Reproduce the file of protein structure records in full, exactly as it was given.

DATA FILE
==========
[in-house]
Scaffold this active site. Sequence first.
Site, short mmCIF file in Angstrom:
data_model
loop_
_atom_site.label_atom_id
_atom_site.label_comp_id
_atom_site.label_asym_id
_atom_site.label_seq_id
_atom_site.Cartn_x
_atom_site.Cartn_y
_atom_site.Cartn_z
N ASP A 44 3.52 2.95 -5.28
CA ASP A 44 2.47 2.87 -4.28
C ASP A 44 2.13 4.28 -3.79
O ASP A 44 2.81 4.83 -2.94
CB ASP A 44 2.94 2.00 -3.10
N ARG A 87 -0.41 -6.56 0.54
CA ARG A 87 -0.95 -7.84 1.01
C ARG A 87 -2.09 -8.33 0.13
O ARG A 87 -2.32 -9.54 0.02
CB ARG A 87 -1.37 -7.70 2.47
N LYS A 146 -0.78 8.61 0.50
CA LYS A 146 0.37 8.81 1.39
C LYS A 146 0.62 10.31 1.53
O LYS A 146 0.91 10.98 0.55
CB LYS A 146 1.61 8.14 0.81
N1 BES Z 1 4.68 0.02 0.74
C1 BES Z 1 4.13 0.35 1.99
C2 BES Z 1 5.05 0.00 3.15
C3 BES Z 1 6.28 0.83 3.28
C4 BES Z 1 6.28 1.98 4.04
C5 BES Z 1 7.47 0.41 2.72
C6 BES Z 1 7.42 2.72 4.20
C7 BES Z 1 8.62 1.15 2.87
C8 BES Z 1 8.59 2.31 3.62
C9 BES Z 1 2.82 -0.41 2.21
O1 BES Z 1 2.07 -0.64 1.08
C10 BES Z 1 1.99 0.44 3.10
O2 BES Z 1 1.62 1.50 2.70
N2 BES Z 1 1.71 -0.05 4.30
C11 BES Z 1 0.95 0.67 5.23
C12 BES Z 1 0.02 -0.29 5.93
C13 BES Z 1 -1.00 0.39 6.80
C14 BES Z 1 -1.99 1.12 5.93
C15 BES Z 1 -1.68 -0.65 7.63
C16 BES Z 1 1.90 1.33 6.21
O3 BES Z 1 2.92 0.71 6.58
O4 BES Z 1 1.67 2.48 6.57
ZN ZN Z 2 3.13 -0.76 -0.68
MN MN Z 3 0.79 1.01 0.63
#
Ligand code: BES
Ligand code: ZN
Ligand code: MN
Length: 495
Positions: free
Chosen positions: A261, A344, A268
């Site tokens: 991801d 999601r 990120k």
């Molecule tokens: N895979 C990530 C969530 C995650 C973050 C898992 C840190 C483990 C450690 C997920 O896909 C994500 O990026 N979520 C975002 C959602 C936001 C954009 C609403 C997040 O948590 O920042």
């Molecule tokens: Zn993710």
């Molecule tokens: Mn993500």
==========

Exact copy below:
[in-house]
Scaffold this active site. Sequence first.
Site, short mmCIF file in Angstrom:
data_model
loop_
_atom_site.label_atom_id
_atom_site.label_comp_id
_atom_site.label_asym_id
_atom_site.label_seq_id
_atom_site.Cartn_x
_atom_site.Cartn_y
_atom_site.Cartn_z
N ASP A 44 3.52 2.95 -5.28
CA ASP A 44 2.47 2.87 -4.28
C ASP A 44 2.13 4.28 -3.79
O ASP A 44 2.81 4.83 -2.94
CB ASP A 44 2.94 2.00 -3.10
N ARG A 87 -0.41 -6.56 0.54
CA ARG A 87 -0.95 -7.84 1.01
C ARG A 87 -2.09 -8.33 0.13
O ARG A 87 -2.32 -9.54 0.02
CB ARG A 87 -1.37 -7.70 2.47
N LYS A 146 -0.78 8.61 0.50
CA LYS A 146 0.37 8.81 1.39
C LYS A 146 0.62 10.31 1.53
O LYS A 146 0.91 10.98 0.55
CB LYS A 146 1.61 8.14 0.81
N1 BES Z 1 4.68 0.02 0.74
C1 BES Z 1 4.13 0.35 1.99
C2 BES Z 1 5.05 0.00 3.15
C3 BES Z 1 6.28 0.83 3.28
C4 BES Z 1 6.28 1.98 4.04
C5 BES Z 1 7.47 0.41 2.72
C6 BES Z 1 7.42 2.72 4.20
C7 BES Z 1 8.62 1.15 2.87
C8 BES Z 1 8.59 2.31 3.62
C9 BES Z 1 2.82 -0.41 2.21
O1 BES Z 1 2.07 -0.64 1.08
C10 BES Z 1 1.99 0.44 3.10
O2 BES Z 1 1.62 1.50 2.70
N2 BES Z 1 1.71 -0.05 4.30
C11 BES Z 1 0.95 0.67 5.23
C12 BES Z 1 0.02 -0.29 5.93
C13 BES Z 1 -1.00 0.39 6.80
C14 BES Z 1 -1.99 1.12 5.93
C15 BES Z 1 -1.68 -0.65 7.63
C16 BES Z 1 1.90 1.33 6.21
O3 BES Z 1 2.92 0.71 6.58
O4 BES Z 1 1.67 2.48 6.57
ZN ZN Z 2 3.13 -0.76 -0.68
MN MN Z 3 0.79 1.01 0.63
#
Ligand code: BES
Ligand code: ZN
Ligand code: MN
Length: 495
Positions: free
Chosen positions: A261, A344, A268
């Site tokens: 991801d 999601r 990120k």
């Molecule tokens: N895979 C990530 C969530 C995650 C973050 C898992 C840190 C483990 C450690 C997920 O896909 C994500 O990026 N979520 C975002 C959602 C936001 C954009 C609403 C997040 O948590 O920042």
């Molecule tokens: Zn993710």
């Molecule tokens: Mn993500």